Age at interview: 55
Sex: Female
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 You talked about whether people might be able to hack into the data or it might get lost. Was it ever an issue for you about kind of government surveillance and Big Brother?

 
Well, the reason I laugh is because my husband is obsessed with this. So he refused, and I said, “Oh, yes, I will do it.” So we did have quite an interesting family discussion –
 
Tell me more?
 
-- about the whole principle.
 
Well, yes, I don’t want to speak for him, but he, you know, he’s concerned about increasing surveillance society and things like CCTV coverage, and all the information that is being gathered and stored somewhere by somebody and, you know, how easy it might be to, for that to fall into the wrong hands. Who knows? You know, we trust and respect our government, hopefully, but [laughs] you never quite know what’s round the corner. I take a bit more of a pragmatic view because I don’t - I don’t feel as strongly as he does about it. And I have to believe that a lot of this is about public good, and particularly where research is concerned. I mean, you know, perhaps there are differences when you’re talking about identity cards and things of that nature. But in terms of this, this is being set up for I think a very good purpose, a very laudable purpose. And I’m, yes, in the end my decision was, “Can I think of a good reason not to do it?”And actually I couldn’t. And I felt that, you know, having read the information and looked at the kinds of regulatory background to it, I was quite happy with that.
Some studies involve giving a range of different types of sample. We talked to several people involved in a biobank for Motor Neurone Disease. None of them had any concerns about giving blood samples, but two people were worried about giving spinal fluid samples through a lumbar puncture (a needle into the spine). Roland had a negative experience during his first lumbar puncture. Ian had never had one, but had seen them performed on TV programmes and imagined they would cause a lot of discomfort.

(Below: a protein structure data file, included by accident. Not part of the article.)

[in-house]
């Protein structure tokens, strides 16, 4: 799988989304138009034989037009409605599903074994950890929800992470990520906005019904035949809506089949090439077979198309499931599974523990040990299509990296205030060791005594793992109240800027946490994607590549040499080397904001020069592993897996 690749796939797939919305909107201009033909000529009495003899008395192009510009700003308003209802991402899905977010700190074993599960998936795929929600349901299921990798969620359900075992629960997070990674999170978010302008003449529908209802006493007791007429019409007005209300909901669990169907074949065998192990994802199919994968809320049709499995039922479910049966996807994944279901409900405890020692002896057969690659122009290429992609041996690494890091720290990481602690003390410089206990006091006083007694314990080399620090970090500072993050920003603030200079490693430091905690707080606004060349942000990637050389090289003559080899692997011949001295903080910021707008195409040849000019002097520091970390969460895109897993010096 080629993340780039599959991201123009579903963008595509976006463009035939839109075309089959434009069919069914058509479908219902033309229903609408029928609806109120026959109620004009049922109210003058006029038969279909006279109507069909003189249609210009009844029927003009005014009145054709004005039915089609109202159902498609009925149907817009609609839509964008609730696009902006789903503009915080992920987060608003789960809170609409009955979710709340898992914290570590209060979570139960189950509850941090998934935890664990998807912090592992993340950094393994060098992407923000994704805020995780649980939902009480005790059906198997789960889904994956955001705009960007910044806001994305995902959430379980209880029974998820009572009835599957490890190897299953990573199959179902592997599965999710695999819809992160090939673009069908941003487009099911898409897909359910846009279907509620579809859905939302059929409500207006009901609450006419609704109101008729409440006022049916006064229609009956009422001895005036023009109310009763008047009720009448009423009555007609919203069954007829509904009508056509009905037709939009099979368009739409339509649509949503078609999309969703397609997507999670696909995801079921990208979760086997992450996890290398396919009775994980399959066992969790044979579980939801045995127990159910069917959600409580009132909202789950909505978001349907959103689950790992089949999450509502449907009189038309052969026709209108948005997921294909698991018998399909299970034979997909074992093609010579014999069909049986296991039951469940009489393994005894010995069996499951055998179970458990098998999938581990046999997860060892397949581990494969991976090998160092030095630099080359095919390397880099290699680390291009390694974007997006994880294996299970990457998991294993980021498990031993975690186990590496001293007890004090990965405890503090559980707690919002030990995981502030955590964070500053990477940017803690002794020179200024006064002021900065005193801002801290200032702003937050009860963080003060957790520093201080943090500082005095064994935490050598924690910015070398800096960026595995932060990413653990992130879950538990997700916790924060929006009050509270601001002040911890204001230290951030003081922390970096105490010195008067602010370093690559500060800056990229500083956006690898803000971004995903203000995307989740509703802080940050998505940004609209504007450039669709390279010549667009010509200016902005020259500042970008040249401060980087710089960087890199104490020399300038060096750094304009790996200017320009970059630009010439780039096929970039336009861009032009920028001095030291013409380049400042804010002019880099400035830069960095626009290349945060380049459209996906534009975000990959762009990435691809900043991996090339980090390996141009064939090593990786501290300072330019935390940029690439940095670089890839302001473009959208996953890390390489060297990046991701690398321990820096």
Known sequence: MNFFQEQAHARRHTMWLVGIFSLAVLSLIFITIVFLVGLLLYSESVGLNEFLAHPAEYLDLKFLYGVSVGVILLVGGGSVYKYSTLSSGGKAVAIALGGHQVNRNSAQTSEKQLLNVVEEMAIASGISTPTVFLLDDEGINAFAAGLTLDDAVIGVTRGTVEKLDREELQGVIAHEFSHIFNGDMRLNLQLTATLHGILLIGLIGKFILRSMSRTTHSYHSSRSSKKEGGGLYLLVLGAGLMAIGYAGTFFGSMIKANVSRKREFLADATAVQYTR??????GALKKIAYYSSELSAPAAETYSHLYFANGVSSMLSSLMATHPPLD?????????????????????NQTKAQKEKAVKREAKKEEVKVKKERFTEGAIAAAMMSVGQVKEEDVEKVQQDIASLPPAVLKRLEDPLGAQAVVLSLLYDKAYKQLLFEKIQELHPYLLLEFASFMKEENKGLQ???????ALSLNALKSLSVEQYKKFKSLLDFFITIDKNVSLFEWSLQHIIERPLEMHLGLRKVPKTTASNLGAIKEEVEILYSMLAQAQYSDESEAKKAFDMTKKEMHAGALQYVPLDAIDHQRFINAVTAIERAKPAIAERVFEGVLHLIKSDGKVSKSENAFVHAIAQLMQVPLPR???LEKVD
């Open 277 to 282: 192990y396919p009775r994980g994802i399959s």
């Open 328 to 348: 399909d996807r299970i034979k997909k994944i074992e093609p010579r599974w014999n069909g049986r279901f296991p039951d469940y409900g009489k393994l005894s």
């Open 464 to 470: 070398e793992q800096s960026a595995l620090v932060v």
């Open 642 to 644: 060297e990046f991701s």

Roland decided not to have a lumbar puncture as part of a research study on Motor Neurone Disease...

Roland decided not to have a lumbar puncture as part of a research study on Motor Neurone Disease...

Age at interview: 61
Sex: Male
Age at diagnosis: 50
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One thing I don’t take part in and that’s - I’ve forgotten what it’s called.
 
A lumbar puncture?
 
Oh yes, sorry, yes the lumbar puncture. I had one ten years ago when I was first diagnosed and it wasn’t a very pleasant experience. The consultant asked if I could have some, or if he could have some trainee doctors in to help me – well, not to help me, to take part in the process to see what a lumbar puncture involved. And he also said that whatever I did I mustn’t, whatever I do I mustn’t move. And so we started off with the puncture, and he and the trainee doctors all had a chinwag about what the weather was like that day or whatever, forgetting me, the patient, and I started getting a bit panicky, I was - and in the end I shouted out to one of them, or shouted out to them, “I’m the patient here. I’d like a little bit of confidence-building, please”, and then I got, well, one of them started talking to me, which is all I wanted, just reassurance and comfort, comforting. But it’s put me off lumbar punctures from then on. And I’ve heard plenty of good results with lumbar punctures, but in the [Motor Neurone Disease] study I’ve been told it’s not essential for the study for me to have a lumbar puncture, so I’ve decided I won’t.